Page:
Article Date: 3/1/2006

Peer Reviewed
Anti-VEGF Agents for Macular Edema Secondary to Retinal Vascular Disorders
RAJA NARAYANAN, MD • BARUCH D. KUPPERMANN, MD, PhD

Recent studies have implicated vascular endothelial growth factor (VEGF) in human eye diseases characterized by increased vascular permeability.1,2 Levels of ocular VEGF are correlated tightly with both the growth and permeability of new vessels.1,3,4 Furthermore, introduction of VEGF into normal primate eyes induces the same pathologic processes seen in diabetic retinopathy, including microaneurysm formation and increased vascular permeability.2,5,6 Vitreous samples from patients with diabetic macular edema (DME) contain elevated VEGF levels.7,8 These observations provide a sound rationale for the targeting of VEGF in ocular disorders with underlying manifestations of ocular neovascularization and/or increased vascular permeability, including DME, macular edema due to branch retinal vein occlusion (BRVO), and central retinal vein occlusion (CRVO).

DIABETIC MACULAR EDEMA

Recently, the results of a phase 2 trial to evaluate the safety and efficacy of pegaptanib sodium injection (Macugen, Eyetech Pharmaceuticals, Inc.) in the treatment of DME were published.9 In a randomized, double-masked, multi-center trial, individuals were enrolled who had a best-corrected visual acuity (VA) between 20/50 and 20/320 in the study eye, and DME involving the center of the macula. Intravitreous pegaptanib (0.3 mg, 1 mg, 3 mg) or sham injections were given at study entry, week 6, and week 12 with additional injections and/or focal photocoagulation as needed for another 18 weeks. Median VA was better at week 36 with 0.3 mg (20/50), as compared with sham (20/63) (P=.04). A larger proportion of those receiving 0.3 mg gained VAs of �10 letters (approximately 2 lines) (34% vs. 10%; P=.003) and �15 letters (18% vs. 7%; P=.12). Mean central retinal thickness decreased by 68 μm with 0.3 mg vs. an increase of 4 μ with sham (P=.02). Larger proportions of those receiving 0.3 mg had an absolute decrease of both �100 μm (42% vs. 16%; P=.02) and �75 μm (49% vs. 19%; P=.008). Photocoagulation was deemed necessary in fewer subjects in each pegaptanib arm (0.3 mg vs. sham, 25% vs. 48%; P=.04). In this trial, patients injected with pegaptanib had better VA, were more likely to have reduction in macular edema, and were less likely to need additional therapy with photocoagulation at follow-up. Ranibizumab (Lucentis, Genentech) is a recombinant, humanized, Fab fragment of the anti-VEGF antibody. Two pilot studies in the US and 1 in Europe are currently underway, determining the safety and efficacy of another anti-VEGF antibody, ranibizumab in the treatment of DME.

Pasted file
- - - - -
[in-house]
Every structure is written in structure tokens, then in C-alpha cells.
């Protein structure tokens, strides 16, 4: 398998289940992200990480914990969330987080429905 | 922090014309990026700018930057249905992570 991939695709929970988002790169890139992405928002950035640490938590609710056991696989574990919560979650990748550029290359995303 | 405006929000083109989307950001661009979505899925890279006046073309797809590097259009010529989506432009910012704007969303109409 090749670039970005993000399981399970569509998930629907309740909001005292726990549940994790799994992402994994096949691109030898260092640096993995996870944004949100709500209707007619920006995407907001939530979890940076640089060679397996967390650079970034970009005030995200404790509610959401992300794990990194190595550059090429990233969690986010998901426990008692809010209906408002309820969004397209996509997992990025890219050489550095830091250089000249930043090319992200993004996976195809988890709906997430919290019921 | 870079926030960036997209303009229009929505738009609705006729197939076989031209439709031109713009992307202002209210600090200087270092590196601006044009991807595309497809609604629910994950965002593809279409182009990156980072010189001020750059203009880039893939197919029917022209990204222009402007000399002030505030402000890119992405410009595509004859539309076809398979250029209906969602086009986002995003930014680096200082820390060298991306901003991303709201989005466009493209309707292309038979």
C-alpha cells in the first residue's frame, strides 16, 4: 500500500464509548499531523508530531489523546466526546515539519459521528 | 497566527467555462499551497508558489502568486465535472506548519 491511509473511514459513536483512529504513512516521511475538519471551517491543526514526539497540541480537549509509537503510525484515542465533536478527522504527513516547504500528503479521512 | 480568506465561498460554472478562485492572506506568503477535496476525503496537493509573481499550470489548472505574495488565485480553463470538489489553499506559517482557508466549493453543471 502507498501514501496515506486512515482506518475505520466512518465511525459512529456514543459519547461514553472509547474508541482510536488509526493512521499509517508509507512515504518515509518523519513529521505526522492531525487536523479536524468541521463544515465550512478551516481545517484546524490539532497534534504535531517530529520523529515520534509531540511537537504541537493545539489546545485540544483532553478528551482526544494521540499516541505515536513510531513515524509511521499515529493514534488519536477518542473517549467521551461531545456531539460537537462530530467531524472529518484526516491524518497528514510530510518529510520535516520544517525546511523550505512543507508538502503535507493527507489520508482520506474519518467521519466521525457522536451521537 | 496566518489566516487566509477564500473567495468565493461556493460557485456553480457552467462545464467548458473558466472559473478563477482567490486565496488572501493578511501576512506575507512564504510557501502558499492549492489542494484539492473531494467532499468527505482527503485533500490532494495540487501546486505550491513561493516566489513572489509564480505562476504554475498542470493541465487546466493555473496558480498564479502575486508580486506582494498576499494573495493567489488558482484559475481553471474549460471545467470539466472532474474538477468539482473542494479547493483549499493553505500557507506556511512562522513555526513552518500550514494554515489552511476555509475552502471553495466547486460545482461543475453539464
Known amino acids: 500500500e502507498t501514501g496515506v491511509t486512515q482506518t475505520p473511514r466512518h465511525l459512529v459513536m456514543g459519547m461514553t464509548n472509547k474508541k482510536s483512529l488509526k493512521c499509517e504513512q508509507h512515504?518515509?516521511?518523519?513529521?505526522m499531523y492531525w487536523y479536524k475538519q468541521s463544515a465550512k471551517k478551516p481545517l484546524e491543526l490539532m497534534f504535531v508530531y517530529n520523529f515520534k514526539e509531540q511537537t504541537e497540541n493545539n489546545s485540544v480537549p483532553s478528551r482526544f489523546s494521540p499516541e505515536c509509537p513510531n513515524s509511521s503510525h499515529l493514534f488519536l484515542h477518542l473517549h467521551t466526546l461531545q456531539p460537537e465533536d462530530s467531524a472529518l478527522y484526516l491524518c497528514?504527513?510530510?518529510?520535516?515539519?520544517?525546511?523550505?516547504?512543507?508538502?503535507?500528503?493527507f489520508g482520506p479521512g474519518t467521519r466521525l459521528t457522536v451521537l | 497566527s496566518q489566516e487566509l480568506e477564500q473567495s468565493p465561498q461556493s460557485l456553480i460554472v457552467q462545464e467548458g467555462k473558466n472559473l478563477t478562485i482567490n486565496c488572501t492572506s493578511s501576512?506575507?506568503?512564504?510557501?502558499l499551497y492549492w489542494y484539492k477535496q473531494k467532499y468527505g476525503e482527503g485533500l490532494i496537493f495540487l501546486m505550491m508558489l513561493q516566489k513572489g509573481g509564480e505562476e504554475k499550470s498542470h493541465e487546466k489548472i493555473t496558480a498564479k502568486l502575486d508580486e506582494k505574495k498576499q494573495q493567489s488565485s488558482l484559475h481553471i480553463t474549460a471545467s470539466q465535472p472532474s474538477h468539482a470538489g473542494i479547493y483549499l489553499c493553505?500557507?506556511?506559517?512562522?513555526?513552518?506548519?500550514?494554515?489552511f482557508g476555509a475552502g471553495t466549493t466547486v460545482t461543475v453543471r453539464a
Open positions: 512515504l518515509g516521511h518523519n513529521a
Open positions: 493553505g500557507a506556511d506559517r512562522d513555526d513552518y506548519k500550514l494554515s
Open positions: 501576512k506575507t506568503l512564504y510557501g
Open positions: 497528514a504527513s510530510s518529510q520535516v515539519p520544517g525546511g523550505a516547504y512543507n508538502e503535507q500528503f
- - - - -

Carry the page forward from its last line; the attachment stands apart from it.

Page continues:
Recent studies have suggested that intravitreal triamcinolone acetonide (Kenalog, Bristol-Myers Squibb) (IVTA) may be useful in temporarily improving VA in patients with diffuse DME.10-13 Patients in study groups receiving IVTA compared with patients in control groups showed a significant improvement in VA during follow-up. There is convincing evidence that the effect of IVTA in the treatment of DME.13 In a prospective, placebo-controlled, randomized clinical trial of 69 eyes of 43 patients, 34 eyes were randomized to receive IVTA (4 mg) and 35 eyes were randomized to receive a placebo injection. Eighteen of 33 eyes (55%) treated with triamcinolone gained 5 or more letters in best corrected VA compared with 5 of 32 eyes (16%) treated with placebo (P=.002). Macular edema was reduced in 25 of 33 treated eyes (75%) vs. 5 of 32 untreated eyes (16%; P<.0001). Optical coherence tomography (OCT) showed a mean reduction of central retinal thickness of 152 μm in the 21 treated eyes that were examined, compared with a reduction of 36 μm in the 20 placebo-treated eyes.13 The Diabetic Retinopathy Clinical Research Network (DRCRnet) is a collaborative network dedicated to facilitating multi-center clinical research of diabetic retinopathy, DME and associated conditions. The DRCR.net supports the identification, design, and implementation of multi-center, clinical research initiatives focused on diabetes-induced retinal disorders. The DRCR.net was formed in September 2002 and currently includes over 100 participating sites (offices) with over 300 physicians throughout the US. Currently, enrollment is almost complete for a large randomized clinical trial comparing focal laser for DME to triamcinolone acetonide in a hydrogel formulation (Allergan).